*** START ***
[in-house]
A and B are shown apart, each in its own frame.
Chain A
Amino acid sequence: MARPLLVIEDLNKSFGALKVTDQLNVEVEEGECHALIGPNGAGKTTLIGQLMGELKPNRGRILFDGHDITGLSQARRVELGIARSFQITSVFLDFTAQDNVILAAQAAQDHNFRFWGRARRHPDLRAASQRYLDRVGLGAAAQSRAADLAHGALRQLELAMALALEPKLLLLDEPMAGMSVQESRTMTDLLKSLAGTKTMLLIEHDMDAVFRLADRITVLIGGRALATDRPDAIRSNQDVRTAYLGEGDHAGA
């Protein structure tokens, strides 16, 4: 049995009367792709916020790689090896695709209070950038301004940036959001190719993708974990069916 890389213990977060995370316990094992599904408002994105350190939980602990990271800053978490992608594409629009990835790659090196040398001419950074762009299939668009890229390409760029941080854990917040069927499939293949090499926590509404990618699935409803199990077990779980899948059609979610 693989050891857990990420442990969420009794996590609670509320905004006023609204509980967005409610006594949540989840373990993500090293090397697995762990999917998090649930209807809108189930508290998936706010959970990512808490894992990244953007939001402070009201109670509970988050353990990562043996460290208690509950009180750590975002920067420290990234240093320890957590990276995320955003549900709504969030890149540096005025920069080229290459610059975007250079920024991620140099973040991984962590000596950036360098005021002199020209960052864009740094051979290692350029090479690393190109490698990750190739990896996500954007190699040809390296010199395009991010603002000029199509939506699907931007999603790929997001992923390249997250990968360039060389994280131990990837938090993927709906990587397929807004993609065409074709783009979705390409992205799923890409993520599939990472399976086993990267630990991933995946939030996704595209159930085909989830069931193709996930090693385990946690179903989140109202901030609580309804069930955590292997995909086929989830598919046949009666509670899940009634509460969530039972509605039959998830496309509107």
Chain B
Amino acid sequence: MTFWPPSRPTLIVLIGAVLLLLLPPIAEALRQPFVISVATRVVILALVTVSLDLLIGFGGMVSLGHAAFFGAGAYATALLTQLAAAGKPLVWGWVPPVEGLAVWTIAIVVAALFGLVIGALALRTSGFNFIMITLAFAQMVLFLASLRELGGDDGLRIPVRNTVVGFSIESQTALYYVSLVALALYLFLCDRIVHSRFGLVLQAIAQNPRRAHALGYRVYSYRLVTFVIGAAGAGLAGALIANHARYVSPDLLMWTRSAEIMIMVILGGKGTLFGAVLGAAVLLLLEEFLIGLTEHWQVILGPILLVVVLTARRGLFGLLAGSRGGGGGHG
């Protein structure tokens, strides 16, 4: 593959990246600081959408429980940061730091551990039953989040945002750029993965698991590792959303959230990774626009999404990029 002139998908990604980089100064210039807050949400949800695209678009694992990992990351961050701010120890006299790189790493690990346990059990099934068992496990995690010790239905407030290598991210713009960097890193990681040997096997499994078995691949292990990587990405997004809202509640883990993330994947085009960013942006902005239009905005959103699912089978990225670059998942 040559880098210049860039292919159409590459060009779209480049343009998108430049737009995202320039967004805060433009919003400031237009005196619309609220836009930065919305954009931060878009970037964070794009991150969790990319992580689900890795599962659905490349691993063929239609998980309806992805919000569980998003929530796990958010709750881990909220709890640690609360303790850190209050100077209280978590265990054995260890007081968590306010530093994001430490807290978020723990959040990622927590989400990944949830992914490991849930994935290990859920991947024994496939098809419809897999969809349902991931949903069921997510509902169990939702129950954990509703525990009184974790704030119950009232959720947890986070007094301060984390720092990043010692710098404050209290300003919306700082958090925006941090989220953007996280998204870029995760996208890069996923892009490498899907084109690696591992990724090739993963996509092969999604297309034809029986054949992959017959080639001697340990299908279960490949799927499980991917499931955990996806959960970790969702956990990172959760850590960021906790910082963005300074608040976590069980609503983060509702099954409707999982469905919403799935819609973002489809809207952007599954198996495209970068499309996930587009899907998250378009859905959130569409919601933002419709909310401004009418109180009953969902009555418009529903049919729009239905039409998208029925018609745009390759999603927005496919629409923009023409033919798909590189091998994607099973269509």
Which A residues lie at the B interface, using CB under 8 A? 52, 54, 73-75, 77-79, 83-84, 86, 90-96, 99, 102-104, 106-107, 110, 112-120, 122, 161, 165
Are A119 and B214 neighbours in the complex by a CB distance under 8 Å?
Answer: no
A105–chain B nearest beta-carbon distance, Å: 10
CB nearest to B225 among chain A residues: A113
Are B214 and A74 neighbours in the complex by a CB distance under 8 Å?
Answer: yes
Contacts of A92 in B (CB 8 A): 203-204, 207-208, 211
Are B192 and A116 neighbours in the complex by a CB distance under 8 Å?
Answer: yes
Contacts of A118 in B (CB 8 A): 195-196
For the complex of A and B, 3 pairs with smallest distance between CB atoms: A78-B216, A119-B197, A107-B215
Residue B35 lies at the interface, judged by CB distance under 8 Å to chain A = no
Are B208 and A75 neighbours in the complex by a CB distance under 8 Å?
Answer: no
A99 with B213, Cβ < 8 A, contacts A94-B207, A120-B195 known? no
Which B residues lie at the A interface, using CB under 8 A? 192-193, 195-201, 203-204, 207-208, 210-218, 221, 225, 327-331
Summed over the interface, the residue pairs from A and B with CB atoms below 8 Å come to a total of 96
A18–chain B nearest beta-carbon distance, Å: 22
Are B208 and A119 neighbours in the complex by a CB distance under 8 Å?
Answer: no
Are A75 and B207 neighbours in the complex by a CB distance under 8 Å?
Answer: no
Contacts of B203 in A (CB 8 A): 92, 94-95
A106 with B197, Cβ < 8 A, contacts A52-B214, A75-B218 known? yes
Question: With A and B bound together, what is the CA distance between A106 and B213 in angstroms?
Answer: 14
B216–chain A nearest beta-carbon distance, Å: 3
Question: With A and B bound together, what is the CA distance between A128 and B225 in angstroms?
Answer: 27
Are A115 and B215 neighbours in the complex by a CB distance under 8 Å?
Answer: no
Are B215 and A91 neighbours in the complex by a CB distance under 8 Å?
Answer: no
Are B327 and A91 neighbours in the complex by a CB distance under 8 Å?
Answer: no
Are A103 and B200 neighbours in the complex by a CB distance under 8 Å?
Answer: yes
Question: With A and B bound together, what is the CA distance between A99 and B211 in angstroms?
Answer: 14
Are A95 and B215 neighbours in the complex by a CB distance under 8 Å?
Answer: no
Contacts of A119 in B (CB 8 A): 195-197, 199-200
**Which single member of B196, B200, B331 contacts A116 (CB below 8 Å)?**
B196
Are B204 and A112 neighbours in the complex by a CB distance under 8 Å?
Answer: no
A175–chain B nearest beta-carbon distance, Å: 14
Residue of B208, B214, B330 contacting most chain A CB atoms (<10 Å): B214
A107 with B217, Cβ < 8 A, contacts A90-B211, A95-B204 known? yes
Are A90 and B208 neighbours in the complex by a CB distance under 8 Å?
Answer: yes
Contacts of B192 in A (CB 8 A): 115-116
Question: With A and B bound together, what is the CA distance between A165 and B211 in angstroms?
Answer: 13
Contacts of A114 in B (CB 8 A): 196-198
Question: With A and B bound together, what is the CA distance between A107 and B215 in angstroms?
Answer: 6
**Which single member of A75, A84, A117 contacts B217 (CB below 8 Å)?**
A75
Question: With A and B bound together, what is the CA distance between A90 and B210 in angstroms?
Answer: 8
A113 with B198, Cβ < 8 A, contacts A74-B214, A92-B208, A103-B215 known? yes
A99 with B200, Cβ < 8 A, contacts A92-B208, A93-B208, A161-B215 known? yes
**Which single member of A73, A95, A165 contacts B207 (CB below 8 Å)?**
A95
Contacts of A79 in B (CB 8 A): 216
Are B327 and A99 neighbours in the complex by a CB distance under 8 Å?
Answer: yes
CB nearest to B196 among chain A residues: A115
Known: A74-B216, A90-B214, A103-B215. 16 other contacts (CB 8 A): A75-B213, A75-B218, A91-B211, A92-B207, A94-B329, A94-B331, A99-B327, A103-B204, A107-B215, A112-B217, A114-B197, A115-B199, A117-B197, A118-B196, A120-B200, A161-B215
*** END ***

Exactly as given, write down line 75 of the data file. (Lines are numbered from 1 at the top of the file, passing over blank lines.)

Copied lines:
Contacts of A79 in B (CB 8 A): 216